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KUH DEL ROSARIO, JULIE ROCH-CUERRIER, INGRID TREMBLAY

Towards Moving Cycles

June 5 to September 12, 2021

An exhibition presented at EXPRESSION, Centre d’exposition de Saint-Hyacinthe and the Jardin Daniel A. Séguin.

Curators: Joséphine Rivard and Ariel Rondeau

What are some tactics for cultivating the experience of our selves as vibrant matter?
(Jane Bennett, 2010)

Matter lives, transforms itself, proliferates; it follows a trajectory that is essential to its vitality. Plants, rocks, plastics, people, electricity, waste, metals—matter is part of a range of processual and interconnected relationships. It persists, is incessant and cyclical, whether it is desired or unwelcome, natural or fabricated.

The active presence of matter in our daily lives reveals its power to amass stories, memories and affects, forcing us, as human beings, to rethink our role and our attitude towards it, and to reposition ourselves within a changing world. By distancing ourselves from the binary opposition of the living and non-living, subject and object, we must now recognize how matter is engaged and how it can impact the world.

Jane Bennett’s question reflects our own ability to act, but this time, by seeking a potentially equal relationship with the expressive force of the entities that surround us. How should we behave as vibrant matter, and more importantly, how should we humbly engage with the vital energy that inhabits all non-living things?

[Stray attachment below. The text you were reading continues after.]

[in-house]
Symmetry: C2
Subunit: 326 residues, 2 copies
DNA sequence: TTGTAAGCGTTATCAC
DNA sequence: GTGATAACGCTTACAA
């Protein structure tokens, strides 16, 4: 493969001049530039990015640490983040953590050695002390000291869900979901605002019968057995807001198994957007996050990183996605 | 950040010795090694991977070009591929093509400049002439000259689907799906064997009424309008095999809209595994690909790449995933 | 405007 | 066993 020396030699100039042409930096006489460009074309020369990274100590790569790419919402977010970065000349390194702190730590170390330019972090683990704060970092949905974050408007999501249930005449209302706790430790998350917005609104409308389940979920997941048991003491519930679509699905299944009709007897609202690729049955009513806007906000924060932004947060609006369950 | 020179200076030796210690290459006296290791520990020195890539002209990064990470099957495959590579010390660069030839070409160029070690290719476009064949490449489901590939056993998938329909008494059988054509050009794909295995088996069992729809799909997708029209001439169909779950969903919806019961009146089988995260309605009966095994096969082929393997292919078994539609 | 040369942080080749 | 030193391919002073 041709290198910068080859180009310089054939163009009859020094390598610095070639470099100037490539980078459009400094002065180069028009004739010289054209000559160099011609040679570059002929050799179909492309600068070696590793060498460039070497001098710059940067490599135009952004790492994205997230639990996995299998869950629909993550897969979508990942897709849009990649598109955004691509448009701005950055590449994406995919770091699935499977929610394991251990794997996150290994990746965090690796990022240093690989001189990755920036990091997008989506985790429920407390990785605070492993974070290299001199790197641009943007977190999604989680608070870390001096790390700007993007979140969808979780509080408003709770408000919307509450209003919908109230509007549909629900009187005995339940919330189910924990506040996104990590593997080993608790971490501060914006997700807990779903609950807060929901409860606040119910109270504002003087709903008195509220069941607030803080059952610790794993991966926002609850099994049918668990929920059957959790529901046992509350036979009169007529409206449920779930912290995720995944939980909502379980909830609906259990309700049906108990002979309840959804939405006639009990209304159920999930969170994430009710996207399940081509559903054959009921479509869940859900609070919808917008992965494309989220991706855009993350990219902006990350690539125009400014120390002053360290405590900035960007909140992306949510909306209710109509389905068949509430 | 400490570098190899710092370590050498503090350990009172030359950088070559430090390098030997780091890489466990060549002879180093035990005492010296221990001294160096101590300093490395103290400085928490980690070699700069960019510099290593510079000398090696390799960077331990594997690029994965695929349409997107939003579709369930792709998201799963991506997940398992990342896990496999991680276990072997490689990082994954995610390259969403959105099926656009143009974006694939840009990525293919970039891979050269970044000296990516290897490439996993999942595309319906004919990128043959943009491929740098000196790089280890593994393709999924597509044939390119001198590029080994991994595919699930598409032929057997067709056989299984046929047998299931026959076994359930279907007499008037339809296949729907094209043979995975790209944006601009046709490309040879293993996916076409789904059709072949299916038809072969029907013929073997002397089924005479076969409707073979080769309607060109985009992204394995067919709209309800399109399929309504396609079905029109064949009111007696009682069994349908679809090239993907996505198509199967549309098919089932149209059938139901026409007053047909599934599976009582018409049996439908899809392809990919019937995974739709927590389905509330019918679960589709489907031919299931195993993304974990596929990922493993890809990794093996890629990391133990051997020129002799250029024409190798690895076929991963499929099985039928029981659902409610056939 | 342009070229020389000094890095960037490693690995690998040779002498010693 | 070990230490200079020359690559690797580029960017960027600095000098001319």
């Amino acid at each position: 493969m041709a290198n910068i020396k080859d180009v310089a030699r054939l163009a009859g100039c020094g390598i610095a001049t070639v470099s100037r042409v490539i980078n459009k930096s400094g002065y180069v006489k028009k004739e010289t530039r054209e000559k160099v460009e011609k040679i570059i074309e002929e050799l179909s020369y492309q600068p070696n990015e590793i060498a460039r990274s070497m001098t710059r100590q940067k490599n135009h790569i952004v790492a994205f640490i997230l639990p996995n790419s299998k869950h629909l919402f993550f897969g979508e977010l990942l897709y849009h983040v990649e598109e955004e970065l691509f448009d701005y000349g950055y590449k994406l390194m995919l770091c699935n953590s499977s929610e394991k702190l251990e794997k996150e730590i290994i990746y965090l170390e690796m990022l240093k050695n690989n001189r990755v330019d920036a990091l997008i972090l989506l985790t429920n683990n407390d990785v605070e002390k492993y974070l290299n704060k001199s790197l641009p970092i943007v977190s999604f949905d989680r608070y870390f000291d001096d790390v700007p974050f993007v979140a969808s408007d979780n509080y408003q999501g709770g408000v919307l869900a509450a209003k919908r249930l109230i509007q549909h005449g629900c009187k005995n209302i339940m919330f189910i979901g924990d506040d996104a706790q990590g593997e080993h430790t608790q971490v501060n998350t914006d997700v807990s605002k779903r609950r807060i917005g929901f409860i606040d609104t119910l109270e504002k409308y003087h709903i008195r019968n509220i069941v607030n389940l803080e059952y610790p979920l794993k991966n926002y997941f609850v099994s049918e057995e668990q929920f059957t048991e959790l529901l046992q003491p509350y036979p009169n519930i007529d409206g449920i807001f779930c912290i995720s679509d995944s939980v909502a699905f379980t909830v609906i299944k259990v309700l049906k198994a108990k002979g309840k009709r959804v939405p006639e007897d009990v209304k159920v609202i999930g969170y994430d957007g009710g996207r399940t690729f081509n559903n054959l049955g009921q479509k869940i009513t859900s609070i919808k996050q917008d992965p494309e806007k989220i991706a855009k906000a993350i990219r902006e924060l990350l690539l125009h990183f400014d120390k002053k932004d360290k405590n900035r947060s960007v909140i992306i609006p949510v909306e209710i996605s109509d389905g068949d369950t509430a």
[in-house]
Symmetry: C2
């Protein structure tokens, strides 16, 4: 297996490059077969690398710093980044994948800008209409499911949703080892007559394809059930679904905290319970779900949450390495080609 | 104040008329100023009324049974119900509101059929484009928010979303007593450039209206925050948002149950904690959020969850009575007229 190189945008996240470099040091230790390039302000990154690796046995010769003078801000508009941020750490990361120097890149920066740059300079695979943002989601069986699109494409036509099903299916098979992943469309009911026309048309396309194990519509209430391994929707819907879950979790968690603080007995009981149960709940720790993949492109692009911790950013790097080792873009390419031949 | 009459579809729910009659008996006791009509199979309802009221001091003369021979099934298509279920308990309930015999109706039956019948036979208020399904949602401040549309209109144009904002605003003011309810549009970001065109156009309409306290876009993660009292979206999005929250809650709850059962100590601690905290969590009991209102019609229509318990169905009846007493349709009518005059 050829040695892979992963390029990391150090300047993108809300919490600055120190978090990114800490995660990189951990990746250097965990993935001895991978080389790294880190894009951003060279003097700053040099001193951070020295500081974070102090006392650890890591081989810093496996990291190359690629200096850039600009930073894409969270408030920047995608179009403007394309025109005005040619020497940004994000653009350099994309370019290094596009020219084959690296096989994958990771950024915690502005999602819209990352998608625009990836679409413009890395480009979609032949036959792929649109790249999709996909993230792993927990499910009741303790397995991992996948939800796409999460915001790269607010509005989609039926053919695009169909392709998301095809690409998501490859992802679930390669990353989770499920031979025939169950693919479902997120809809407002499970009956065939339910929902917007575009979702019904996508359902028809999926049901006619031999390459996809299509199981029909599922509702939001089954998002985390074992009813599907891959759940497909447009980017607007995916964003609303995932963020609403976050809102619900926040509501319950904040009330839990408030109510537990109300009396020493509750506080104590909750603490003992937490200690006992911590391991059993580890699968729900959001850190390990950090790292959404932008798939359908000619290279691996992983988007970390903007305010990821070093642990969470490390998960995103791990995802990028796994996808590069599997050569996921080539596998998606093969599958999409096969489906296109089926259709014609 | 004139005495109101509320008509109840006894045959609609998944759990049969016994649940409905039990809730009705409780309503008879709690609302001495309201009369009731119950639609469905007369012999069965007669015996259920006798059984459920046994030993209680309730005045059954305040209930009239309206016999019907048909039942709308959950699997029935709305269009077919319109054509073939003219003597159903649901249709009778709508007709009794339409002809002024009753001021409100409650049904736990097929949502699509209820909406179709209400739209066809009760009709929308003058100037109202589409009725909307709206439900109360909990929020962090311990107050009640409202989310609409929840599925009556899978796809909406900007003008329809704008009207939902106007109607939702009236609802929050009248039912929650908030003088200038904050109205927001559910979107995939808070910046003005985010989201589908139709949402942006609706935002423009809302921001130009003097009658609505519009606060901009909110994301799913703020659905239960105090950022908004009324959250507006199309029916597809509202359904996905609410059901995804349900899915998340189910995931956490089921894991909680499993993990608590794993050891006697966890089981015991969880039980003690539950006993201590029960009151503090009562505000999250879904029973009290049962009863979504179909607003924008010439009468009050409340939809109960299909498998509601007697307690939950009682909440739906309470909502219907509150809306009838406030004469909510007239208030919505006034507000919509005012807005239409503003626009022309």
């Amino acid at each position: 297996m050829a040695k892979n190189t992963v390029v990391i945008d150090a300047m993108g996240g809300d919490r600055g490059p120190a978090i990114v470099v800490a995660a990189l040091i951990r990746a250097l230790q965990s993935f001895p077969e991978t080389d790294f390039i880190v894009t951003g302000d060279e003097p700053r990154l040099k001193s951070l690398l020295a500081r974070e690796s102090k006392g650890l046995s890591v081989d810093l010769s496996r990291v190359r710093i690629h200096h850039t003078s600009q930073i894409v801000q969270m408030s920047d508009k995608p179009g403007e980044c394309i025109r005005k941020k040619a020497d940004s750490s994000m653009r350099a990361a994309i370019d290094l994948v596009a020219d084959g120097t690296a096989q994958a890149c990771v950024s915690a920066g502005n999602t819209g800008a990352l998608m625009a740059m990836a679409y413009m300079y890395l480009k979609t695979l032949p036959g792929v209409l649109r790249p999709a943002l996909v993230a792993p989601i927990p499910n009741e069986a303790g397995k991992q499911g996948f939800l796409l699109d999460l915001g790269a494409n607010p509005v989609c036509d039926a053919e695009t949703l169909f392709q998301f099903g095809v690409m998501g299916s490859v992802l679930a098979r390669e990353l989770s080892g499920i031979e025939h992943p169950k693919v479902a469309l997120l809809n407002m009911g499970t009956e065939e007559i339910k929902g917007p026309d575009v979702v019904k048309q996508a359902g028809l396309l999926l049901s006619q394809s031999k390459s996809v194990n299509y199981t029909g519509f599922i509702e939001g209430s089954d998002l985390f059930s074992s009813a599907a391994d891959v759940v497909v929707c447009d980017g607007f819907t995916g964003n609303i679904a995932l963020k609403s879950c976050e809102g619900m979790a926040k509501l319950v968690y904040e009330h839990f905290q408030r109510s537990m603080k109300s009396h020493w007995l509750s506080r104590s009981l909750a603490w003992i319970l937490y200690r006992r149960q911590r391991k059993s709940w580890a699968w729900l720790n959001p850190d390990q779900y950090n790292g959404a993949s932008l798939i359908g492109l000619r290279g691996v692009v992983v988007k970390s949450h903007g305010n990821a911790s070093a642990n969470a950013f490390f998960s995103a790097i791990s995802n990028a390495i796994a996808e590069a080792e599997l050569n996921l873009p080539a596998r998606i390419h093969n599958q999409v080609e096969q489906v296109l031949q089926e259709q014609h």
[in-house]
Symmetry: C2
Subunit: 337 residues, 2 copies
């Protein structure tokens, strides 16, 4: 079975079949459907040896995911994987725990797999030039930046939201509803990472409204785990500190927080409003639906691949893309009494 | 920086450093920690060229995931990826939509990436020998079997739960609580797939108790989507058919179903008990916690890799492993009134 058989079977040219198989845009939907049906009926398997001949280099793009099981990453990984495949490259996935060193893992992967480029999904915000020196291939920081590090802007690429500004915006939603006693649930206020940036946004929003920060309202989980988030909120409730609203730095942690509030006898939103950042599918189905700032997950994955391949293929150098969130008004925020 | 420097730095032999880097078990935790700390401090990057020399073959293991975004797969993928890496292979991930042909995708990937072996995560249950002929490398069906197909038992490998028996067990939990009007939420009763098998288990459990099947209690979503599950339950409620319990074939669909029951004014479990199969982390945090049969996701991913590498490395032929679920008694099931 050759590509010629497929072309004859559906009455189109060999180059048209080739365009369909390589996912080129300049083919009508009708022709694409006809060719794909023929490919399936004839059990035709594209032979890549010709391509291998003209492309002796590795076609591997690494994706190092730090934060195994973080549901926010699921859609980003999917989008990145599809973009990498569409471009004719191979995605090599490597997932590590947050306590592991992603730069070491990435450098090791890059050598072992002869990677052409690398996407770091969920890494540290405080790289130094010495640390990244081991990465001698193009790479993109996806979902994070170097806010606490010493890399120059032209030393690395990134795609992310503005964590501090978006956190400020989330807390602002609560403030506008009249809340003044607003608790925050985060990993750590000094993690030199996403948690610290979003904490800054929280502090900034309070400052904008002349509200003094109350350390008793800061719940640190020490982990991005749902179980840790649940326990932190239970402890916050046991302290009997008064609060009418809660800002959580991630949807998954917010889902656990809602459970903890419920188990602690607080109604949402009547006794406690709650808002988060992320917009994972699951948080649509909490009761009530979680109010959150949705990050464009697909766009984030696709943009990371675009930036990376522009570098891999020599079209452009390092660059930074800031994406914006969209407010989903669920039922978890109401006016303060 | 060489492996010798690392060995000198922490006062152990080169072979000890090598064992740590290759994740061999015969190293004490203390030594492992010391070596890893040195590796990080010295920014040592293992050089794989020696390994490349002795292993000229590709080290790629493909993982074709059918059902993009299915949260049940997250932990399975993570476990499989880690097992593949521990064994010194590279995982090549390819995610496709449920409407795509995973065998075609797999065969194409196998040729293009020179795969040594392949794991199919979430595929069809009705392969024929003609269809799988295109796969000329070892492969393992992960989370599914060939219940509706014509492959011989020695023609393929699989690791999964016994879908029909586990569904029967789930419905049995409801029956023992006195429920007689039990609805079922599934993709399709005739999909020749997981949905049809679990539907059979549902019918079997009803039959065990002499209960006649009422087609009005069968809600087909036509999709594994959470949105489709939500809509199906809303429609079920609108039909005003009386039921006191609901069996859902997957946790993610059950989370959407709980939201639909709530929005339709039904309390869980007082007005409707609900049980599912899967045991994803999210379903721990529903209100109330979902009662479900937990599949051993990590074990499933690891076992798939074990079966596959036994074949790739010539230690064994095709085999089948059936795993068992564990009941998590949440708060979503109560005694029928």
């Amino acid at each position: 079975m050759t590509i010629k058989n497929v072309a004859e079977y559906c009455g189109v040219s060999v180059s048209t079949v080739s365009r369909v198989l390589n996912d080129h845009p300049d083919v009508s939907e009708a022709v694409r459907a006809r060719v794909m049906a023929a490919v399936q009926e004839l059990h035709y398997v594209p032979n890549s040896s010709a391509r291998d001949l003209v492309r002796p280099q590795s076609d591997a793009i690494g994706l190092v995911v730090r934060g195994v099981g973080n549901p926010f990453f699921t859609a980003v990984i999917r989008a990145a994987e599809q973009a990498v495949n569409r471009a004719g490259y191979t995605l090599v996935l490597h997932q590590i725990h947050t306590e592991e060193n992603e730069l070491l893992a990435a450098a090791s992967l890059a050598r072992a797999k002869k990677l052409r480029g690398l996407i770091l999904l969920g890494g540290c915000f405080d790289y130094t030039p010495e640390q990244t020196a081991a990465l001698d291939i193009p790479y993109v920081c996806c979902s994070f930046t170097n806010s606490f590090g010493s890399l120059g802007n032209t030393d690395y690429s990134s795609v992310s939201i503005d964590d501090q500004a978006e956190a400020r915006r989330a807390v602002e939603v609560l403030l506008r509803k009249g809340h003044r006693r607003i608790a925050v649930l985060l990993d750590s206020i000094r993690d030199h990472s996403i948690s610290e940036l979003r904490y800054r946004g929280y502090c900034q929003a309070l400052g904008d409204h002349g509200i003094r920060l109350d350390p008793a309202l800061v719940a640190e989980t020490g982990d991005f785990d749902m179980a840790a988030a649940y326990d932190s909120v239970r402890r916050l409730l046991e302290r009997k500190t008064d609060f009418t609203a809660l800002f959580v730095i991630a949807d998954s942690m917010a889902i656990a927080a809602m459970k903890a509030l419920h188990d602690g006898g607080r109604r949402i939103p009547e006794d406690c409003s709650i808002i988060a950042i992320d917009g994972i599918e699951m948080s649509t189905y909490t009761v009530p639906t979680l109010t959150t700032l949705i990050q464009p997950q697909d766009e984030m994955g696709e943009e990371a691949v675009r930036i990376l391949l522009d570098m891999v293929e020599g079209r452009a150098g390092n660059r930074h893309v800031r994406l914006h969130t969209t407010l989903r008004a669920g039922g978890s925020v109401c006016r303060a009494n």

Kuh Del Rosario salvages and integrates everyday objects and natural materials into her installation works, and positions herself as their equal in an attempt to extract new narratives from them. By combining and exploring notions of alchemy, she saves these materials from probable loss, thereby prolonging their lives.

In her sculptures, installations, and photographs, Julie Roch-Cuerrier explores matter’s transformational process through a meticulous observation of the passage of time. What emerges is the significant presence of verdigris—the result of oxidized copper—which in turn becomes the materialization of time in spectral form, whereby the artist engages in the ongoing recycling of this volatile pigment in different bodies of work.

Ingrid Tremblay’s work examines the notion of trace—ones left by time, nature, sculptural gestures, and memories. Through a laborious process and a penchant for using both traditional and contemporary techniques, she highlights the ability of material to carry both personal and shared mythologies.

In keeping with current neo-materialist theories, this exhibition calls into question our anthropocentric relationship with matter and the notion that it only serves humanity’s purpose. To recognize the active power of matter is to admit that the human enterprise is no longer the sole dominant force. Could human agency, which is linked to an inert concept of matter and has long been imposed on our ecology and resources, be re-evaluated? Could we not consider a world where living and non-living things respectfully overlap within a vital ecology?